Game Development Reference
In-Depth Information
Quaternions, like vectors, have a magnitude:
= w 2 + v
v = w 2 + x 2 + y 2 + z 2 .
q
·
Quaternions of magnitude 1, or unit quaternions, have properties that make them
useful for representing rotations.
Like matrices, quaternions have a multiplicative identity, which is (1 , 0 ).There
is also the notion of a multiplicative inverse. For a unit quaternion ( w, v ),thein-
verse is equal to ( w,
v ). We can think of this as rotating around the opposing
axis to produce the opposite rotation. In general, the quaternion inverse is
1
w 2 + x 2 + y 2 + z 2 ( w,
q 1 =
v ) .
1.5.3 Vector Rotation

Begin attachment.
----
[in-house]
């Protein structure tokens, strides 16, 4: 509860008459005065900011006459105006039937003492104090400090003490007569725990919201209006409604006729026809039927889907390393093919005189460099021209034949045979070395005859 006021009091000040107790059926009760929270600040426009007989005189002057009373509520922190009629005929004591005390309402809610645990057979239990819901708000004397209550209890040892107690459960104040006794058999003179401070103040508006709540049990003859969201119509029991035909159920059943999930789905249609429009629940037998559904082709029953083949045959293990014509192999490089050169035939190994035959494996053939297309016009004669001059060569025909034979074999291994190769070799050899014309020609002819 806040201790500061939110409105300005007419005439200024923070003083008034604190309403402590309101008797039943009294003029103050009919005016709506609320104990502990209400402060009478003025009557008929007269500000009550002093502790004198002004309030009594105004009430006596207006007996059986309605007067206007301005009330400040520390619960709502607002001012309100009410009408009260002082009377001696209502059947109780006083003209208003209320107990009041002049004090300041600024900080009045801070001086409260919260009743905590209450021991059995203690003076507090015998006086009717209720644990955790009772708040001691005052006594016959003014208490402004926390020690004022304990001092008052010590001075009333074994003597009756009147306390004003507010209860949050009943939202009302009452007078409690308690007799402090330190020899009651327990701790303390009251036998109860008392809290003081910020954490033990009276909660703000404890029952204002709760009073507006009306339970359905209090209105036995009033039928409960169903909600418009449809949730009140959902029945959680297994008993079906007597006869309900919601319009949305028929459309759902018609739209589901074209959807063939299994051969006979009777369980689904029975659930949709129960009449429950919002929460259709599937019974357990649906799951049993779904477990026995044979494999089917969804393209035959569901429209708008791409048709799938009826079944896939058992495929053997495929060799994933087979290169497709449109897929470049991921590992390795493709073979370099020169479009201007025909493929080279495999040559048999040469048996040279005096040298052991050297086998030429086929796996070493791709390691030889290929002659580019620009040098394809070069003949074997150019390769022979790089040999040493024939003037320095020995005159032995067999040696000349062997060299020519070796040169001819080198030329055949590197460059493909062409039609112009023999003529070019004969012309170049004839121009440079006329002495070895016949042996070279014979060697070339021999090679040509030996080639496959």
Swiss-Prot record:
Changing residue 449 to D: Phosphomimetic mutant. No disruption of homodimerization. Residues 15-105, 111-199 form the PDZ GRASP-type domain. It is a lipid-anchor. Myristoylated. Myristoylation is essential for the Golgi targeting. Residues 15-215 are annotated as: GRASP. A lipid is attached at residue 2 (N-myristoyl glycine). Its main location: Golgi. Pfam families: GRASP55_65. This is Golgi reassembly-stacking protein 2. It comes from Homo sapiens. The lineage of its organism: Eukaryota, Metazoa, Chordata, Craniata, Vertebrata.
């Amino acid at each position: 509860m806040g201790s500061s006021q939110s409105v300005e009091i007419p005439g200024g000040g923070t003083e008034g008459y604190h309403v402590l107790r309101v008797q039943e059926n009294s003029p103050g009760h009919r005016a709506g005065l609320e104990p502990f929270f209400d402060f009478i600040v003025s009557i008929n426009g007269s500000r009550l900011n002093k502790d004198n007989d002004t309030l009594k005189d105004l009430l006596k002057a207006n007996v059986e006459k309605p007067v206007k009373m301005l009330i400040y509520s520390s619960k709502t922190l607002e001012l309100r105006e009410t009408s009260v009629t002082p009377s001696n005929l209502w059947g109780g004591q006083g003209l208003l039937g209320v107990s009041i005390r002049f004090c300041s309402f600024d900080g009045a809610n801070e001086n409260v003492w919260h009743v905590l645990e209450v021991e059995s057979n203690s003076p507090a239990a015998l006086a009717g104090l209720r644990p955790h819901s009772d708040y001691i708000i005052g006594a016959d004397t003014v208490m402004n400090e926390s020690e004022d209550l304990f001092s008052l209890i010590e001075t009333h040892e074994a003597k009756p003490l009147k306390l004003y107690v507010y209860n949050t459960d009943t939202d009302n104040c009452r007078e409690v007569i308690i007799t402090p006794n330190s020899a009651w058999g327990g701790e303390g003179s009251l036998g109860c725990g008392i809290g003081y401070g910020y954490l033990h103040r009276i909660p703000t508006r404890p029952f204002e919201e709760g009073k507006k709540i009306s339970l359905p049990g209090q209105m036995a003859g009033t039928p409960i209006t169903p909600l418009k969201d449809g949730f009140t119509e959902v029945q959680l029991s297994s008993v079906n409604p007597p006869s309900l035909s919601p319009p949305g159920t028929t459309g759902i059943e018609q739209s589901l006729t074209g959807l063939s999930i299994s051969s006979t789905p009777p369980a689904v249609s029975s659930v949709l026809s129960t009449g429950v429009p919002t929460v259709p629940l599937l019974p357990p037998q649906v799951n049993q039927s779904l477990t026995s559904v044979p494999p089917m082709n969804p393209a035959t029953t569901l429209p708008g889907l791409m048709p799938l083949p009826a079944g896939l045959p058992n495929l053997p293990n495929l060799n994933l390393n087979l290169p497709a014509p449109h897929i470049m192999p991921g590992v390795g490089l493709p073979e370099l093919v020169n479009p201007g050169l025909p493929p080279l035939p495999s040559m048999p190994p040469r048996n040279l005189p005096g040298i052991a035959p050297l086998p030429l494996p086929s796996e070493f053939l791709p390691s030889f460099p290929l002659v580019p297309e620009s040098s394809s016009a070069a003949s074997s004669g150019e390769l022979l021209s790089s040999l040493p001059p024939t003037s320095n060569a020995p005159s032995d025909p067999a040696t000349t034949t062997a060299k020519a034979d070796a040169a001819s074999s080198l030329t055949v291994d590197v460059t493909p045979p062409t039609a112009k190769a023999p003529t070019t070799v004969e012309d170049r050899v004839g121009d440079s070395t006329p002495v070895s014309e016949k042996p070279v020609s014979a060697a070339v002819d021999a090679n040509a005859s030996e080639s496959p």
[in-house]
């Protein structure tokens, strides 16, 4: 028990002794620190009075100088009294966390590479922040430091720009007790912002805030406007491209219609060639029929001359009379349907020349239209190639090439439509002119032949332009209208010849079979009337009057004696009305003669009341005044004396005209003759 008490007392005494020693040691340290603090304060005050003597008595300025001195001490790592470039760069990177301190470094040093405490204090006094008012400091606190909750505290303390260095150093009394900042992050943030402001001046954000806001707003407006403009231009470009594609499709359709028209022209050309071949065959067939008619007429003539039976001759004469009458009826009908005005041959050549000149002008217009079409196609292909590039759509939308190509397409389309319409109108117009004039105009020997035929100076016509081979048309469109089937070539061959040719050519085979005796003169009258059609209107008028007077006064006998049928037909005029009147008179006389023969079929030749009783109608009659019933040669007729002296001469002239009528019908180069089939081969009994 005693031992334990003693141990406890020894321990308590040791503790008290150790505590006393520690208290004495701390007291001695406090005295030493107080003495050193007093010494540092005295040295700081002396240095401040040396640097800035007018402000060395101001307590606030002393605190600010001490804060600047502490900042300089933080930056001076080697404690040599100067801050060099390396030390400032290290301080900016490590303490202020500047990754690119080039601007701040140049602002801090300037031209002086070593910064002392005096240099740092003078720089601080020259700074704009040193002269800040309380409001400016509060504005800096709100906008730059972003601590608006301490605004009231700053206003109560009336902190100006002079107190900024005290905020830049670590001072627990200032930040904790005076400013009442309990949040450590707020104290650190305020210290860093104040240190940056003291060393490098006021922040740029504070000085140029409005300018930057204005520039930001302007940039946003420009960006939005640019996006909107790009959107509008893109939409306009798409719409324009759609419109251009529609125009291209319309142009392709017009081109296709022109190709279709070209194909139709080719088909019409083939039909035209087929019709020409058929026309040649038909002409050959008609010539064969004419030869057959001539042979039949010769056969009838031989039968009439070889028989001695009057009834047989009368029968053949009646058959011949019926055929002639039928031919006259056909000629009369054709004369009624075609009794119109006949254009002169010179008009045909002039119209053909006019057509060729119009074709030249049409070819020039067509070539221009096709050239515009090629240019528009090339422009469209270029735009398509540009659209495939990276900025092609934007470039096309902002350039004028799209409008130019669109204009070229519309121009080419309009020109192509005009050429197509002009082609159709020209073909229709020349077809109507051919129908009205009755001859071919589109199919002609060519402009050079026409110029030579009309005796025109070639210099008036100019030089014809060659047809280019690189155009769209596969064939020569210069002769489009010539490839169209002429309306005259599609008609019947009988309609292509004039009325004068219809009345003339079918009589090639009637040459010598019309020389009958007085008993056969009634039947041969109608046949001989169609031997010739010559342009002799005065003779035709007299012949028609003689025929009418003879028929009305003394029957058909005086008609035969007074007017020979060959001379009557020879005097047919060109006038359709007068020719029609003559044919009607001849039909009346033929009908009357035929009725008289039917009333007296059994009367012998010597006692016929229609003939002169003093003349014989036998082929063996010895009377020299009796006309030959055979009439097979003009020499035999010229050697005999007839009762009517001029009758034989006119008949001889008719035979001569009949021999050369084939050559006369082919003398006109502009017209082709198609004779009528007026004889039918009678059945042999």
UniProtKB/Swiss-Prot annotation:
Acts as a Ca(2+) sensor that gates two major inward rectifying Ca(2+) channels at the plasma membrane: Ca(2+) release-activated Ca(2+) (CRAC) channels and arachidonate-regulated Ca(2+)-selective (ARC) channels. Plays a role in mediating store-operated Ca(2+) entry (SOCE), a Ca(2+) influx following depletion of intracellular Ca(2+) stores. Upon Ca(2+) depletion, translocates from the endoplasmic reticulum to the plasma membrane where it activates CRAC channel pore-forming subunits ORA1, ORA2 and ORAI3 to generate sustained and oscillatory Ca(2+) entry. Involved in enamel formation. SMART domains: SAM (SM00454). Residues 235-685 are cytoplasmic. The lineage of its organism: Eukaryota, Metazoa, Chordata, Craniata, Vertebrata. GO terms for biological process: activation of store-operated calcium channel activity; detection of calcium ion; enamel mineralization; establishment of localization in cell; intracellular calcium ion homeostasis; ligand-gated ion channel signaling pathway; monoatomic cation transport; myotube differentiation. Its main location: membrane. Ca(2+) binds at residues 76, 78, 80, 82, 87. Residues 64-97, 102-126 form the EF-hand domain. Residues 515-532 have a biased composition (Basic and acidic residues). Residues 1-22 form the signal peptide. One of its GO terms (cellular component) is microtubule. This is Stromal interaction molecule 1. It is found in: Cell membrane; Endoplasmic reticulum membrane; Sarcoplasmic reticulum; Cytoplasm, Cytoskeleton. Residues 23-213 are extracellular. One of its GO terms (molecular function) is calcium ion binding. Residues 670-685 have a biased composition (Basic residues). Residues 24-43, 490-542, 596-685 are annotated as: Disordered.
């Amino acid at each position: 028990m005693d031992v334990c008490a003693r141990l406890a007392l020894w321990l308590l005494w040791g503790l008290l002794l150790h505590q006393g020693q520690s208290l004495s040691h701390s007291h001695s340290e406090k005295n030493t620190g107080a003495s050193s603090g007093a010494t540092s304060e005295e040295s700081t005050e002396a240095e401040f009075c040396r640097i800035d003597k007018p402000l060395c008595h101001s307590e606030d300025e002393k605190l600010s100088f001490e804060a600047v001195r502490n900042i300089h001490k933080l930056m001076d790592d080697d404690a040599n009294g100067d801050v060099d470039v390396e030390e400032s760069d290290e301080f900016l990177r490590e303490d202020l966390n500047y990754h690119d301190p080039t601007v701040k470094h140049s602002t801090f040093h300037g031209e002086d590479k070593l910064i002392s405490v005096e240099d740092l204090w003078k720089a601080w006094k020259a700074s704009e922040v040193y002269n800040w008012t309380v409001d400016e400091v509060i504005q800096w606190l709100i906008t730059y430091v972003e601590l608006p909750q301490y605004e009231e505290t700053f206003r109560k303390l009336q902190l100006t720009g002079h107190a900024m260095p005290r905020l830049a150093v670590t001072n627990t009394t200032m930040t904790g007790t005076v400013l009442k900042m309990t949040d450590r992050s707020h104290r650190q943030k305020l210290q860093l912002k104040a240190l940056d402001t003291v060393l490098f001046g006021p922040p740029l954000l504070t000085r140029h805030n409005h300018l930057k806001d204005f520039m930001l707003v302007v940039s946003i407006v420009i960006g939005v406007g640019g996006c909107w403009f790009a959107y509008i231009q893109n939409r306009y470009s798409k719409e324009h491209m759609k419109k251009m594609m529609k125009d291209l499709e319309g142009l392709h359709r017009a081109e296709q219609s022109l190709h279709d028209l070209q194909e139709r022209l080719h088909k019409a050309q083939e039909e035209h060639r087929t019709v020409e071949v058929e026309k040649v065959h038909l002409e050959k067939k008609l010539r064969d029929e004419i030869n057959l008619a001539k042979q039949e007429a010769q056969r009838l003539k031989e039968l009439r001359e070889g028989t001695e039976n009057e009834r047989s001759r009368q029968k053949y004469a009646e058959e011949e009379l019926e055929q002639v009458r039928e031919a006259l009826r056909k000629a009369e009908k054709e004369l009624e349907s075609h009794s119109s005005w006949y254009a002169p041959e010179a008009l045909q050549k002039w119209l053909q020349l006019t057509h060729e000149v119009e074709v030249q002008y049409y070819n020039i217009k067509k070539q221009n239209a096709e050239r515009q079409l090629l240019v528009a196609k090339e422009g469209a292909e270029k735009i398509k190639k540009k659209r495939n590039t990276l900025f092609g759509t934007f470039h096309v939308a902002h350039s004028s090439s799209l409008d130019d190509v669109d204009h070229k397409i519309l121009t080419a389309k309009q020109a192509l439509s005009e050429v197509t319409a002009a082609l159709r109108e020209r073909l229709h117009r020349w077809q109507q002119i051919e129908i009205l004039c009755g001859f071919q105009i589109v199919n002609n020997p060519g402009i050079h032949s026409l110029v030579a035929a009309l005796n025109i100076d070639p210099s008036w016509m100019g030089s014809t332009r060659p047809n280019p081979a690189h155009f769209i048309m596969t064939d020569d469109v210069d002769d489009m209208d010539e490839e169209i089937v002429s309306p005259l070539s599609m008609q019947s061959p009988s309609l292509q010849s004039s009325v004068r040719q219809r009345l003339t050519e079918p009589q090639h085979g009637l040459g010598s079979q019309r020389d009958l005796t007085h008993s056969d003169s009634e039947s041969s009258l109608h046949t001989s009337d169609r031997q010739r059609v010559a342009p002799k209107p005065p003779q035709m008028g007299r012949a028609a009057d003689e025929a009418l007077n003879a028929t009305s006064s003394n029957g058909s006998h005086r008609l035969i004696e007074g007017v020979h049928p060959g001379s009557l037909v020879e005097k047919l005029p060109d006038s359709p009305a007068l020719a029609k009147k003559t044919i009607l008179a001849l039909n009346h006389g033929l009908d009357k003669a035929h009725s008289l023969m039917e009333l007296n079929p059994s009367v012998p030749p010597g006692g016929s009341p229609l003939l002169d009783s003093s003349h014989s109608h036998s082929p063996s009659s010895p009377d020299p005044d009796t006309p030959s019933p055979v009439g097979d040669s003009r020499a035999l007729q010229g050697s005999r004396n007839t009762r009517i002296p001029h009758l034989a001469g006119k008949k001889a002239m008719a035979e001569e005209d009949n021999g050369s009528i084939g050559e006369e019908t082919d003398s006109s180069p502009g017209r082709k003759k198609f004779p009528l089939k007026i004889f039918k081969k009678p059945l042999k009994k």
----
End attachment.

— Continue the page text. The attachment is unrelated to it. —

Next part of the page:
If we consider a rotation of angle θ around an axis r , we can write this as a
quaternion:
q =(cos( θ/ 2) , sin( θ/ 2) r ) .
It can be shown that this is, in fact, a unit quaternion.
We can use a quaternion of this form to rotate a vector p around r by θ by
using the formulation
p rot = qpq 1 .
Note that in order to perform this multiplication, we need to rewrite p as a quater-
nion with a zero-valued w term, or (0 , p ).
This multiplication can be expanded out and simplified as
p rot =cos θ p +[1 cos θ ]( r · p ) r +sin θ ( r × p ) ,
which as we see is the same as Equation (1.3) and demonstrates that quaternions
can be used for rotation.
1.5.4 Matrix Conversion
It is often useful to convert a quaternion to a rotation matrix, e.g., so it can be
used with the graphics pipeline. Again, assuming a unit rotation quaternion, the
following is the corresponding matrix:
1 2 y 2
2 z 2
2 xy − 2 wz
2 xz +2 wy
.
2 xy +2 wz
1 2 x 2
2 z 2
2 yz − 2 wx
R q =
2 x 2
2 y 2
2 xz
2 wy
2 yz +2 wx
1